Oncoming storm

Saruman’s Army Approaches

To flee and hide does not grant safety. It only brings a false sense of security. The anticipation of the enemy`s next move stirs the fragile safety. We can run and hide from many different situations, feelings, thoughts, but that doesn`t mean they would not catch up with us. Facing something, however terrifying, eliminates the feelings of dread that haunt us if we don`t.

Théoden has made a decision that brought his people to safety. His inner world, however, has not become a more peaceful place because of it. The feelings of grief, sadness, loss and overall fear still roam around freely. Try as he might to keep them in check for the sake of his people, they influence his every move. 

A great host

Unbeknownst to Théoden still, Aragorn gallops into Helm`s Deep. A man they have taken for dead presents himself. He will become the King`s most fearless ally. 

Upon seeing him conversing with Legolas, Éowyn`s disposition changes from desperation to joy and hope. Tears of joy fill her eyes, and the subtle expression of her face renews confidence. Aragorn`s arrival now solidifies the strength of the Eorlingas. He was the piece that was missing, the piece that glues faith and hope together. The hope of a new day is all they are left with. 

Théoden: “A great host, you say?”

Aragorn: “All Isengard is emptied.”

Théoden: “How many?”

Aragorn: “Ten thousand strong, at least.”

Théoden: “Ten thousand?”

Aragorn: “It is an army bred for a single purpose: To destroy the world of Men. They will be here by nightfall.”

Théoden: “Let them come.”

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A terrifying purpose

The magnitude of the army approaching Helm`s Deep is staggering. Théoden may have had his reservations about a few hundred finding them in their hideaway, but this number scares him straight. In that single instance, he knows his army does not stand a chance against such a vast number of opponents. 

To make matters worse, Aragorn confirms his darkest fears, they come to wipe them all out. An overpowering army fitted with a single focus. If this were an oncoming battle for territory, the opposing army would have been satisfied with claiming the Hornburg and letting the people escape as they could, particularly women and children.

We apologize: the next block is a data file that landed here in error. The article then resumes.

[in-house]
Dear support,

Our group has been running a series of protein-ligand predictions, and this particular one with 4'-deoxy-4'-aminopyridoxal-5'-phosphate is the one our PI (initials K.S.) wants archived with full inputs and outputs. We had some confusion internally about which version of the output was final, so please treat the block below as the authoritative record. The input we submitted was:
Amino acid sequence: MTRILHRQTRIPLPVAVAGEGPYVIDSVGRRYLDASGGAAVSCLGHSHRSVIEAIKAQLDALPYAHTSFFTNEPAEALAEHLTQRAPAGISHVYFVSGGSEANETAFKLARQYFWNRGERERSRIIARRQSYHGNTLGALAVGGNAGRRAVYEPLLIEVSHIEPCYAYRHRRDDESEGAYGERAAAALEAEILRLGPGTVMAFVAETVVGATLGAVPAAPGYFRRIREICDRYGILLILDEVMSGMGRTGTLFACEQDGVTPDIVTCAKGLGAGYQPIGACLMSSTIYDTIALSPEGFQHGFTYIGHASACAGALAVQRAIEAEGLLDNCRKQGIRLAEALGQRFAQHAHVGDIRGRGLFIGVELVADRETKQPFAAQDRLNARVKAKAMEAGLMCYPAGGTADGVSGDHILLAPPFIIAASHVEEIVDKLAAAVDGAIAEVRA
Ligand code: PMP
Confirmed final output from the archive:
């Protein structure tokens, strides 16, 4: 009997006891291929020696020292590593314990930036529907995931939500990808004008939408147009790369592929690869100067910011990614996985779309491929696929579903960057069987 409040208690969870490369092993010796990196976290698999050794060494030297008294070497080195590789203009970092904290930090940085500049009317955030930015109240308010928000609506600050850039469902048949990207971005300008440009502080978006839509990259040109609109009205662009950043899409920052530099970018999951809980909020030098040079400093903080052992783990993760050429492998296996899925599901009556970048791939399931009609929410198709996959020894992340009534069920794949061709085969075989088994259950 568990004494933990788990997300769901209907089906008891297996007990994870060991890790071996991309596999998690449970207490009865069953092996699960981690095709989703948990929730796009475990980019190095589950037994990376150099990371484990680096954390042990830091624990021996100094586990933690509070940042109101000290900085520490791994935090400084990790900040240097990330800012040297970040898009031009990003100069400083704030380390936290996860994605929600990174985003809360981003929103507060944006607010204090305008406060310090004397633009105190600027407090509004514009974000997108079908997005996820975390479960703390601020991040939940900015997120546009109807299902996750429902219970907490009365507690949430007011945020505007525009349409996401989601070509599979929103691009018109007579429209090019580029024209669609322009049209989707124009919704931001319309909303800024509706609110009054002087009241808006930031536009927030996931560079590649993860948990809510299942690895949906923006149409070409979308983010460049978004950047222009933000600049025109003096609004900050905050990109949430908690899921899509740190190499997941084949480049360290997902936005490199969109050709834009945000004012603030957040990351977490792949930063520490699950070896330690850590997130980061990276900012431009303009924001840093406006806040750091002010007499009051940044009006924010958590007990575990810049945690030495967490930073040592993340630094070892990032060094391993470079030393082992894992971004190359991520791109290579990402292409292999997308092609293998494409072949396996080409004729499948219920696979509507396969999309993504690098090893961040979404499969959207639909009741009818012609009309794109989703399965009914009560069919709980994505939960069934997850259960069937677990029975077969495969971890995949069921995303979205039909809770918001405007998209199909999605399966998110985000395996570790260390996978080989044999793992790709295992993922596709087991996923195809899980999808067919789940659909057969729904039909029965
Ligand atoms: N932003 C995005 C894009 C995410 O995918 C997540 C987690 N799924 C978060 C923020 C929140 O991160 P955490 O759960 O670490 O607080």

However, as the destruction of a race is their goal, and their motivation to taste human flesh and blood, there is little any army could do against such hate. For it is the pure feeling of hate the Uruk-hai carry with them. 

Aragorn fears them, as his eyes plainly show. Both he and Théoden are stopped in their tracks. Théoden, although finding this information terrifying, becomes angered which in turn hastens his action by giving orders and forming defenses around Helm`s Deep. 

The King prepares his defenses

I want every man and strong lad able to bear arms to be ready for battle by nightfall.


Théoden is preparing for battle by using every able-bodied man and boy. There isn`t much else he can do at this point. The fact that there are only a few hours until the battle begins, there isn`t much time to have a skilled army.

Not everyone who can hold a sword and a shield can face such terror as that of battle. Théoden, however, needs numbers in order to at least seem as if he were ready for nightfall. 

Théoden: “We will cover the causeway and the gate from above. No army has ever breached the Deeping Wall or set foot inside the Hornburg!”

Gimli: “These are no rabble of mindless Orcs. These are Uruk-hai. Their armor is thick and their shields broad.”

Théoden: “I have fought many wars, Master Dwarf. I know how to defend my own Keep.”

Although not certain of a solid defense, Théoden answers Gimli with utter surety. He believes he can counter any strike Saruman can throw at him. As many wars as he had fought in the past, do not, in reality, give him any leverage. There has not been a force of this number or of this particular race before, so Théoden cannot know what to expect. 

Superposition and arrogance

However, in order not to appear weak, or unprepared, he counters Gimli`s argument by presenting himself superior to whatever thought this Dwarf might have. A bit of arrogance is visible in Théoden`s demeanor, and in the Dwarf`s as well. 

Théoden is king and as such he must maintain confidence in himself and his army that this battle can be won. The fact that he demonstrates arrogance and superiority is only to mask his own insecurity and doubt in the afore made decision. When we don`t want to feel or appear weak in front of another, then superposition and arrogance work to awake the feelings of weakness and inferiority of the other person.

What we don`t want to feel ourselves, we awake in others by judgment and criticism. It makes us temporarily feel better about ourselves but doesn`t resolve the problem we are having.